Nearly three-quarters of Britons think the government should do more to tackle economic crime in the country’s overseas territories, according to a survey, as diplomats prepare to meet with MPs in London this week.
The Survation poll, commissioned by the UK Anti-Corruption Coalition, found that 72 per cent of the UK public thought the government should take more responsibility for clamping down on money laundering and tax evasion in Britain’s offshore financial centres.
The figures come as senior diplomats from the overseas territories arrive in the UK for Joint Ministerial Council meetings with the government on Tuesday and Wednesday.
They are set to discuss timelines for the territories to create public registers of their significant beneficial owners, which parliament passed into law in 2018.
Overseas territories are required to establish these registers by the end of this year.
However, Duncan Hames, director of policy at Transparency International UK, noted that most were “far from being on track to meet the deadline”.
A freedom of information request by law firm Pinsent Masons found in May that HMRC was tracking 512 UK firms suspected of failing to conduct enough business activities in tax havens to legitimately claim they operate there, up 84 per cent from the same time last year.
Increased scrutiny comes as part of the OECD’s No or Only Nominal Tax Jurisdiction project, which looks to monitor companies’ activities in 12 known tax havens, including the Cayman Islands and British Virgin Islands.
“Our overseas territories and crown dependencies must bring an end to the decades of secrecy which have allowed wealthy oligarchs, criminal gangs, drug smugglers and human traffickers to hide and launder their dirty money,” said Labour MP Dame Margaret Hodge, chair of the all-party parliamentary group on anti-corruption and responsible tax.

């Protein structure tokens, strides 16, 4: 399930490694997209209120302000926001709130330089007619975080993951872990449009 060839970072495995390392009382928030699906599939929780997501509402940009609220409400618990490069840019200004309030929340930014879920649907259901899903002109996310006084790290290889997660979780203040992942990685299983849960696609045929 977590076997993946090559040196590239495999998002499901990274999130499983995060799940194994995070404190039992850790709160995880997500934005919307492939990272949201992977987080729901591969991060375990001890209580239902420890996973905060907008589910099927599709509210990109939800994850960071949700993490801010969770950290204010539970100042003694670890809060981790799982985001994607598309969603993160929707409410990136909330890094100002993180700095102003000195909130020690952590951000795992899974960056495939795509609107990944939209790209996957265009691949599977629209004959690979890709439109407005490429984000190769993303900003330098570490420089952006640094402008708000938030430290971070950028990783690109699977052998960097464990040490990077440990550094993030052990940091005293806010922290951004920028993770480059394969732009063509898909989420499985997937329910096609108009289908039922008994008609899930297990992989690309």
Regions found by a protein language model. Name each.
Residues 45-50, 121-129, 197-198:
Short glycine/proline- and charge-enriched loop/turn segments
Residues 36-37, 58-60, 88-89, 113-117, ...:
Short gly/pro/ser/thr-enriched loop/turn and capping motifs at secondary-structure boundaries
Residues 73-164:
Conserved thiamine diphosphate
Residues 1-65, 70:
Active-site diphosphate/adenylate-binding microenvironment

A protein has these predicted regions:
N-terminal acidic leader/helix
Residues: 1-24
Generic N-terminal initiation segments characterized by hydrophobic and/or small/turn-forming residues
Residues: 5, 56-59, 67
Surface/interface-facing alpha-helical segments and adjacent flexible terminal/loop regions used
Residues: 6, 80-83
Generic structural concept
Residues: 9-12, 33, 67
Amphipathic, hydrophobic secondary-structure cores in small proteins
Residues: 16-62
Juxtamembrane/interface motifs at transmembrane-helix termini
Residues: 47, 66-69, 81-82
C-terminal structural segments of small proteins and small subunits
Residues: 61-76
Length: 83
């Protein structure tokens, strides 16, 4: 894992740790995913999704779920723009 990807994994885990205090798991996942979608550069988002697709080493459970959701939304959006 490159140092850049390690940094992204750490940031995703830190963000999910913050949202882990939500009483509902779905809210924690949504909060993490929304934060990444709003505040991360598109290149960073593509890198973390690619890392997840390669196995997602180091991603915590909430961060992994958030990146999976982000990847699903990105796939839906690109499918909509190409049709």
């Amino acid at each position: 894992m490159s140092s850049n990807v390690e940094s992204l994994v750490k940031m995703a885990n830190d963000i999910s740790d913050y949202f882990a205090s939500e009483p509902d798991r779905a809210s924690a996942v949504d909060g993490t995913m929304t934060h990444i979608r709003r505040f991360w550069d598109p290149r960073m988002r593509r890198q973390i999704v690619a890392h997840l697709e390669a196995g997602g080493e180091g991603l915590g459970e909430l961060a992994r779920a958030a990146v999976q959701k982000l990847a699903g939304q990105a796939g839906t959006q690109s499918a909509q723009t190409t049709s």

“This means they must stand by their commitments to establish public registers of beneficial ownership by the end of this year. Members of parliament legislated on this nearly five years ago, so these tax havens must either respect the will of parliament, or government must step in and force them to honour their promises.”
An HMRC spokesperson told City A.M.: “We have a strong track record in tackling offshore non-compliance. We have secured around £621m from offshore initiatives since 2019, demonstrating our commitment to tackling all forms of non-compliance and ensuring everyone pays their share of tax.”
A spokesperson for the UK Overseas Territories Association added: “The overseas territories do not tolerate illicit finance operating in our jurisdictions, and share a commitment to promoting the highest global standards of transparency and compliance.”
City A.M. approached the Foreign Office for comment.